Behind the scenes of redesigning Adobe Illustrator for the iPad

by Gabriel Campbell

Posted on 10-20-2020

I’ve used Illustrator for 20 years. It was the first piece of software that I saved up for and bought off the shelf. It’s my instrument – my brain has fused with its core and I love creating with it. Illustrator has become the lens through which I look at the world and approach design, and I know I’m not alone. Thousands of people talk about the tool with such a sweet fondness. So for me, bringing Illustrator to the iPad was a dream project. It was a massive opportunity to take something that I have an incredible amount of respect and love for and rethink how it could evolve to new surfaces.

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But how do you take a 30-year-old product and modernize it for a whole new platform? The iPad and similar devices are an opportunity for us to experiment and push boundaries in UX design. We get to rethink workflows and new features in a way that we can’t do for the desktop. But we also knew we had one chance to get it right. What we do matters to other people’s productivity, artistry, and livelihood. So, we explored many directions and did our due diligence, complete with user research, testing, and prototyping to maximize this chance and create something incredible.

Hero Animation

Desktop toolbars.

Desktop Illustrator toolbars over the years

To tackle this complex challenge, our team was given a staggering amount of leeway and time to deconstruct workflows, tools, and even the ethos of the product. We weren’t associated with any product team and essentially started with a blank slate, which also meant we could address user feedback about the desktop version from the ground up. When a company puts that kind of trust in you, it sharpens the work and gives you a huge reason to do your best.

Streamlining a compact and focused toolset

I’ve heard it said that looking at a complete feature list is like looking at the rings of a tree stump – you can see the whole history of a product. New features are awesome but users also want stability, performance, and continuity. They don’t need us to bring in every obscure feature that was put into Illustrator over the last 30 years. Illustrator on the desktop has around 87 tools and more than 150 panels. That’s untenable for a smaller screen.

Instead, our challenge was to completely rethink Illustrator – the workflows, the UI, the interaction models – to ensure that the iPad version is streamlined and as focused as possible on vector creation.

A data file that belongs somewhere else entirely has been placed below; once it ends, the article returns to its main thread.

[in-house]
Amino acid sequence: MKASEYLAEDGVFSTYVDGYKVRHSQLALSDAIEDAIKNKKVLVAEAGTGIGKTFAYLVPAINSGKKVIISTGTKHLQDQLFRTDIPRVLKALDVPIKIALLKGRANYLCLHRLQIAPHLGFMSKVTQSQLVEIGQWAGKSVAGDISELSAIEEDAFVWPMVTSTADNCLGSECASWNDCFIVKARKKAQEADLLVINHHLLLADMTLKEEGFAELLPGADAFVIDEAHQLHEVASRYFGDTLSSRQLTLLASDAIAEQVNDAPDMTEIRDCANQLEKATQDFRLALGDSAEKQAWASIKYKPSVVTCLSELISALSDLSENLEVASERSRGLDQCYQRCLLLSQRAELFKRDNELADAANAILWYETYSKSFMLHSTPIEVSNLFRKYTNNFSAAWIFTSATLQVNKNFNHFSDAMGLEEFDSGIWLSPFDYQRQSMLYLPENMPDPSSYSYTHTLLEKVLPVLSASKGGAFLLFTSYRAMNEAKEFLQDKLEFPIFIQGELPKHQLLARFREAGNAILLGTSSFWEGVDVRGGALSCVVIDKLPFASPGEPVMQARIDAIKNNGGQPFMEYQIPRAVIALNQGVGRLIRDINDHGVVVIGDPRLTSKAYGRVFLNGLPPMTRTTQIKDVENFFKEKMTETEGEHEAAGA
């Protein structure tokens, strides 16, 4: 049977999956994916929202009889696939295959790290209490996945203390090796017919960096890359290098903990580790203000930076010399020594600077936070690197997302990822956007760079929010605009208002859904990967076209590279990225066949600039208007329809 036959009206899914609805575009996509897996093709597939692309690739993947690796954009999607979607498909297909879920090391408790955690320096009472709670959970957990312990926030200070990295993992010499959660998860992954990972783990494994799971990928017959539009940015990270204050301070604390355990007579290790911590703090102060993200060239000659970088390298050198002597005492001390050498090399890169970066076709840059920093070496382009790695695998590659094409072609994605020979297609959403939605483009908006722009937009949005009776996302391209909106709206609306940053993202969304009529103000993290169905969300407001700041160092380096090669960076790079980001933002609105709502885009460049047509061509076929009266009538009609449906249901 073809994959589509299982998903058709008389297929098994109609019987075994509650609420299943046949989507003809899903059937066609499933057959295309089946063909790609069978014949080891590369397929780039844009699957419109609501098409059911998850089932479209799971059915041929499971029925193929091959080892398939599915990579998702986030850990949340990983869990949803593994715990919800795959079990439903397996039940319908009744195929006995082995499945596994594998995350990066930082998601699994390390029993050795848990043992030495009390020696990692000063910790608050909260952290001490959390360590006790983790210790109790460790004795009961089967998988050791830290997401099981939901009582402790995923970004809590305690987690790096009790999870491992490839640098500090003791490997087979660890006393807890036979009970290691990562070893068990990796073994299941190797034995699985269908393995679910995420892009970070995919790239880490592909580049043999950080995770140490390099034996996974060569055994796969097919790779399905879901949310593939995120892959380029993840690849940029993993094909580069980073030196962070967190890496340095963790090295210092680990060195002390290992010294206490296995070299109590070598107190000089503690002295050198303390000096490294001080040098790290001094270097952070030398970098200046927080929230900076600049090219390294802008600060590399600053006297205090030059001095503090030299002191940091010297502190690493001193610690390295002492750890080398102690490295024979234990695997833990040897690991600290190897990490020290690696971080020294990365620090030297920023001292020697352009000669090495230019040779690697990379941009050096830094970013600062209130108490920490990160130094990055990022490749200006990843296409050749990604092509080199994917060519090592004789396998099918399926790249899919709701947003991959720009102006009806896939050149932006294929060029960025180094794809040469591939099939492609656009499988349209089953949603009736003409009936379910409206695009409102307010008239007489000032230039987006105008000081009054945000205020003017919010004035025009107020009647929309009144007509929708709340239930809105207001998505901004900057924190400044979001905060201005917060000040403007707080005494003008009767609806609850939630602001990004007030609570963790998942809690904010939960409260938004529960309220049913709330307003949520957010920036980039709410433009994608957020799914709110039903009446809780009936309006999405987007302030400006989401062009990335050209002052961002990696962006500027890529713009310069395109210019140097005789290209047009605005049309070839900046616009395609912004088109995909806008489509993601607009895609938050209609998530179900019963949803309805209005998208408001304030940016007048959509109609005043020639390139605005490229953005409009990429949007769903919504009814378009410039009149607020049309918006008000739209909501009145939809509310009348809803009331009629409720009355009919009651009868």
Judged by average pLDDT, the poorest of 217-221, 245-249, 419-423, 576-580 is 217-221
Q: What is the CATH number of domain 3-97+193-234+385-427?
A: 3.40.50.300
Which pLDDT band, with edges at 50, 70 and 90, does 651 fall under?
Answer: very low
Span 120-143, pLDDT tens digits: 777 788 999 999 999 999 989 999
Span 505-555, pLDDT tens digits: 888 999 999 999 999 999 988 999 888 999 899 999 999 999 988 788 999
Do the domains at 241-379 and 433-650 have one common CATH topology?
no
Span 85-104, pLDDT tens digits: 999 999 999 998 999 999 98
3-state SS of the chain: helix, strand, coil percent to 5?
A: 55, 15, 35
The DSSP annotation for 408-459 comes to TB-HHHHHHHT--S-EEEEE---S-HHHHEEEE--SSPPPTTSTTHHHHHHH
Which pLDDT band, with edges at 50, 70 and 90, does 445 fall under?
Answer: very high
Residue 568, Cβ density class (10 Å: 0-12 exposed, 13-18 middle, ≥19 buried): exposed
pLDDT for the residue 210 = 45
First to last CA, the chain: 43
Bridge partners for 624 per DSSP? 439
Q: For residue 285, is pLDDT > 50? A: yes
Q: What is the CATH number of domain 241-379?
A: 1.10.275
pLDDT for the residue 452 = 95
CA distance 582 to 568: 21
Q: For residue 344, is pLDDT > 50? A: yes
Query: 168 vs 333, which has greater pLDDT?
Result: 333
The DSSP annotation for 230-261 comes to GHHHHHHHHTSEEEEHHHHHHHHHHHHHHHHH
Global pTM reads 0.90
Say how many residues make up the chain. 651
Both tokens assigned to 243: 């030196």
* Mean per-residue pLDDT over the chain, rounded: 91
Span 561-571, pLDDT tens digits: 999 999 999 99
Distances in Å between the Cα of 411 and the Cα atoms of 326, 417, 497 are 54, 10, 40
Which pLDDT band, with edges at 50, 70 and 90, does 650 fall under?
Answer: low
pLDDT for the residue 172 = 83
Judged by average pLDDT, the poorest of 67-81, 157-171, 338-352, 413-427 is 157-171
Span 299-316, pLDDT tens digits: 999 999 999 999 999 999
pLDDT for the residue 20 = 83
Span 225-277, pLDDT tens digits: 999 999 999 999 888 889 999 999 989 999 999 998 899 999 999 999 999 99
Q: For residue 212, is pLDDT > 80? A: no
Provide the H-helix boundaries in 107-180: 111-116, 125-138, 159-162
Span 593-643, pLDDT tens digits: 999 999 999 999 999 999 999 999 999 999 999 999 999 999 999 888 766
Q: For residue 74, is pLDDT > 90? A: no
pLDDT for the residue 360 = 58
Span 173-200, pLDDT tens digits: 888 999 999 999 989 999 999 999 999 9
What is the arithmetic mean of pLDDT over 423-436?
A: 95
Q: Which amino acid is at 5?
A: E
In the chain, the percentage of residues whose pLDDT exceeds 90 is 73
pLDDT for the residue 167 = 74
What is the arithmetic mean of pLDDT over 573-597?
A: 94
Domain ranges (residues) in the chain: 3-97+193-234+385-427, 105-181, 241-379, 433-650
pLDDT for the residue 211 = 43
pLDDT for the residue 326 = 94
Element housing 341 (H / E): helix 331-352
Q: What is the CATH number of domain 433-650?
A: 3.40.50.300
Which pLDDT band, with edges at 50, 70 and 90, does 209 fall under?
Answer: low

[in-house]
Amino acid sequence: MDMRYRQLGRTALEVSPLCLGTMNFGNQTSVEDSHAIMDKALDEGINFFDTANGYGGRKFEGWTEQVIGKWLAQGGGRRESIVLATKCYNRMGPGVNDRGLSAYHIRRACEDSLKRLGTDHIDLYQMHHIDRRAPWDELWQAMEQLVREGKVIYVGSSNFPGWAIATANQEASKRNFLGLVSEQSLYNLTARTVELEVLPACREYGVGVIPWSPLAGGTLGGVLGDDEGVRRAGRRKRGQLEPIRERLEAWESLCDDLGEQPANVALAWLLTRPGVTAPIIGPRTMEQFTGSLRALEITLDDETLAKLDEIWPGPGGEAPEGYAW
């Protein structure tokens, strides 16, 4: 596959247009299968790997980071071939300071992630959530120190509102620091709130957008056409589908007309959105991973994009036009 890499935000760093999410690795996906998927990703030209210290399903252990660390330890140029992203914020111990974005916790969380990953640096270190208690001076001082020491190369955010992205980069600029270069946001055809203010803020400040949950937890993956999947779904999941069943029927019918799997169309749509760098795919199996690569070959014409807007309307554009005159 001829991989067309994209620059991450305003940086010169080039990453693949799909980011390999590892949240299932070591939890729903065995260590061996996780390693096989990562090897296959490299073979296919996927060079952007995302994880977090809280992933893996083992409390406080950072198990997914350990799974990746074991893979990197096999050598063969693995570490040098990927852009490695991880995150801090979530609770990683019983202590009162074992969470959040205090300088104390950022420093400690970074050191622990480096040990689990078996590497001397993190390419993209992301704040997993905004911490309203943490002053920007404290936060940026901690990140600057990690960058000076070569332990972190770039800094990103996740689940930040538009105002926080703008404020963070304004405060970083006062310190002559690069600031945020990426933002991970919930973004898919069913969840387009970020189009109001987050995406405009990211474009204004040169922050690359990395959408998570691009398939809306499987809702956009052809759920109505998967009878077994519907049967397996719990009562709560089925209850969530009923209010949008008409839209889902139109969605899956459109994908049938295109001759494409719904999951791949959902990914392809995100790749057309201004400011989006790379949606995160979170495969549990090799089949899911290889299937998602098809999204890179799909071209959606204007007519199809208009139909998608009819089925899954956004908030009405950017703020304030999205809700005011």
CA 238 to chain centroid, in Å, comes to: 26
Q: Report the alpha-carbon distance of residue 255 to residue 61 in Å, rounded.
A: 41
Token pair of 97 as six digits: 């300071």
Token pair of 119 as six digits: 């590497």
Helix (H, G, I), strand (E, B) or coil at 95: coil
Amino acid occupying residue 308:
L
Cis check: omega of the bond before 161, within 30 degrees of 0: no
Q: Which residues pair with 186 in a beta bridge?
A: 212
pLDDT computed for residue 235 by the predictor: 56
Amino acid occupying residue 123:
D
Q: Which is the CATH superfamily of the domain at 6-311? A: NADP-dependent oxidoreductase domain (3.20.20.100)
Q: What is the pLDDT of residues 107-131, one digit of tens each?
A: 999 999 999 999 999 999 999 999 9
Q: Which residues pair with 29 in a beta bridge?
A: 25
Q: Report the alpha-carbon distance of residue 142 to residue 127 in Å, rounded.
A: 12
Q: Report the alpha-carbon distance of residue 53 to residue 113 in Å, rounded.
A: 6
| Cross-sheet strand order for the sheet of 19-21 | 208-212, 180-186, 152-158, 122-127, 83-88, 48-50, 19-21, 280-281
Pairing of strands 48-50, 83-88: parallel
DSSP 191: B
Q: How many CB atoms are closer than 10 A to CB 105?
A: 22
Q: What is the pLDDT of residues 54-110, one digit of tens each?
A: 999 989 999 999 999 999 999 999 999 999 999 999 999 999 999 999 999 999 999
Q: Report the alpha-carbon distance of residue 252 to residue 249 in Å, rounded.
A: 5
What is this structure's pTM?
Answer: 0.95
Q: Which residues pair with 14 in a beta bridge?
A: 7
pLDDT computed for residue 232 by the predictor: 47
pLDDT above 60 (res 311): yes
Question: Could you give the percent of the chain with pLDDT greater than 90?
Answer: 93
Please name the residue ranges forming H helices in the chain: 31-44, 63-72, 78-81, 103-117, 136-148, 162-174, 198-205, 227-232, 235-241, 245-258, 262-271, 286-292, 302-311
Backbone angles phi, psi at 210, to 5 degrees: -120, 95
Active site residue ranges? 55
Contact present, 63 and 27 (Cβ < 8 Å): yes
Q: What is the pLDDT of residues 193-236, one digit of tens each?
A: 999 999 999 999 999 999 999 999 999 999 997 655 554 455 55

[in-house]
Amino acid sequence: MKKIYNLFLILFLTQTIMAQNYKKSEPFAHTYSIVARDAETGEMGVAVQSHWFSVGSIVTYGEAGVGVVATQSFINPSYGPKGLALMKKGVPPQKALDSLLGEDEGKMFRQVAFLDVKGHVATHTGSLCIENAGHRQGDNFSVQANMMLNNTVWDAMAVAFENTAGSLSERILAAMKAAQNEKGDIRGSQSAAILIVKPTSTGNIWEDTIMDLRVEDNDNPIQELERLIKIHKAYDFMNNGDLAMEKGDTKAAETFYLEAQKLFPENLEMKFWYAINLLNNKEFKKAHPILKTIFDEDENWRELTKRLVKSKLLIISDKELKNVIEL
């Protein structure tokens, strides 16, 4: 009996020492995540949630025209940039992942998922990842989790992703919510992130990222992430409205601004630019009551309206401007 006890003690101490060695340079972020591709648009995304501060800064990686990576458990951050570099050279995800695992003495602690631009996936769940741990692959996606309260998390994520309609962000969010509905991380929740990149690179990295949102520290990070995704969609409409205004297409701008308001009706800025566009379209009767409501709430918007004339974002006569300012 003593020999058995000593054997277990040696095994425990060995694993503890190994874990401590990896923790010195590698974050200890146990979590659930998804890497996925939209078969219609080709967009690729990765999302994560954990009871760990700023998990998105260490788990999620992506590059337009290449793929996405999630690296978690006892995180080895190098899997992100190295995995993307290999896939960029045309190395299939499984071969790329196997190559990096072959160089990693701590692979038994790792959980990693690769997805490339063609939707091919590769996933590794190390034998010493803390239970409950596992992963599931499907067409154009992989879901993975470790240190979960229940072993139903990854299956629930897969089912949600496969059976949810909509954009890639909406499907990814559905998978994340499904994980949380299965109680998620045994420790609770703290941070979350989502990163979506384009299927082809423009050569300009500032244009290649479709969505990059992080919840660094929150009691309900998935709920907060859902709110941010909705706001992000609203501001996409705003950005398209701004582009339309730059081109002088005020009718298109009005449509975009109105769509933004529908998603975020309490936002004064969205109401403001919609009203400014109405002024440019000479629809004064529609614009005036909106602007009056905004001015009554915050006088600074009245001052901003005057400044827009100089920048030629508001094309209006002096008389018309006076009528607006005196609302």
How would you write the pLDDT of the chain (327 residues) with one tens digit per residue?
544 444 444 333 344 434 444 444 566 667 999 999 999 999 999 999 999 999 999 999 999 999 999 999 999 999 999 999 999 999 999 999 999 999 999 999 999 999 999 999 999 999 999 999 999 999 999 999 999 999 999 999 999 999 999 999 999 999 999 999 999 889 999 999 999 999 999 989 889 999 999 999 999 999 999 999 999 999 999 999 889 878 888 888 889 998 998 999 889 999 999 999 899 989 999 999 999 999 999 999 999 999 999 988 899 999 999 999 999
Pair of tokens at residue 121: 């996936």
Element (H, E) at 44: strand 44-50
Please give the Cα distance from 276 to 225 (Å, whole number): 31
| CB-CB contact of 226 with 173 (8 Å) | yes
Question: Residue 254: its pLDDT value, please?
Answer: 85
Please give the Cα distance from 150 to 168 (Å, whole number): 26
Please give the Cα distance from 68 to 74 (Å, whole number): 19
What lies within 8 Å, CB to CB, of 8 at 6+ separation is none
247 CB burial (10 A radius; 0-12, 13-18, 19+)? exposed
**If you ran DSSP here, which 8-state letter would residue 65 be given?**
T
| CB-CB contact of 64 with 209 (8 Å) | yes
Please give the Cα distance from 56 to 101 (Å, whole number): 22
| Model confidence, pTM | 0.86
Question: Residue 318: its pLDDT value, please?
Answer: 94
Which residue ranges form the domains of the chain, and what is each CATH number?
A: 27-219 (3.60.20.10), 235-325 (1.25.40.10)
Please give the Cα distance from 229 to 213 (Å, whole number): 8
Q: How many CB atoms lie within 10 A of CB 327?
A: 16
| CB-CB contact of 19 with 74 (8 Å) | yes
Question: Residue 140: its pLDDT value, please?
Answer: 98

Early comps of the Illustrator toolbar, for example, had just three or four tools. It became accepted that Illustrator on the iPad was going to have a very compact and focused toolset. Only through this would we be able to accomplish our goal of creating an iPad tool that is as useful as it is easy to use.

Our mantra from day one has been “80 percent of the functionality with 20 percent of the tools.” We made sure that we weren’t just removing tools for the sake of simplicity or aesthetics. We analyzed every tool and asked ourselves if it was really a tool, an action, or a mode, then refactored the UI accordingly. For that purpose, we needed a very strict definition of what really constitutes a tool. If it doesn’t put something on your canvas or allow you to select items on your canvas, then it’s not really a tool - it needs to go somewhere else. The Shape Builder tool on the desktop, for example, is more of an action that you perform on selected objects. As a result, we simplified the toolbar and made it more direct and easy to understand to set the user up for success.


Evolution of the toolbar in Illustrator on the iPad.

Designing more directly, naturally, and expressively

Of course, desktop and iPad experiences have vastly different interaction patterns. A major obstacle we had to overcome in adapting Illustrator was the lack of a hover state for the cursor on the iPad. Only very recently has Apple started supporting a hover state on the iPad with the Magic Keyboard and trackpads. It remains a major use case to solve for, so we had to get creative.

On desktop, hover states are so incredibly informative. Not only do you get cursors that change states depending on what you’ve moused over, but there are tool tips and even line projections that are constantly feeding information back to the designer. To lose all that on the iPad was a huge thing to overcome. But, naturally, we just had to find a way to make it work for us.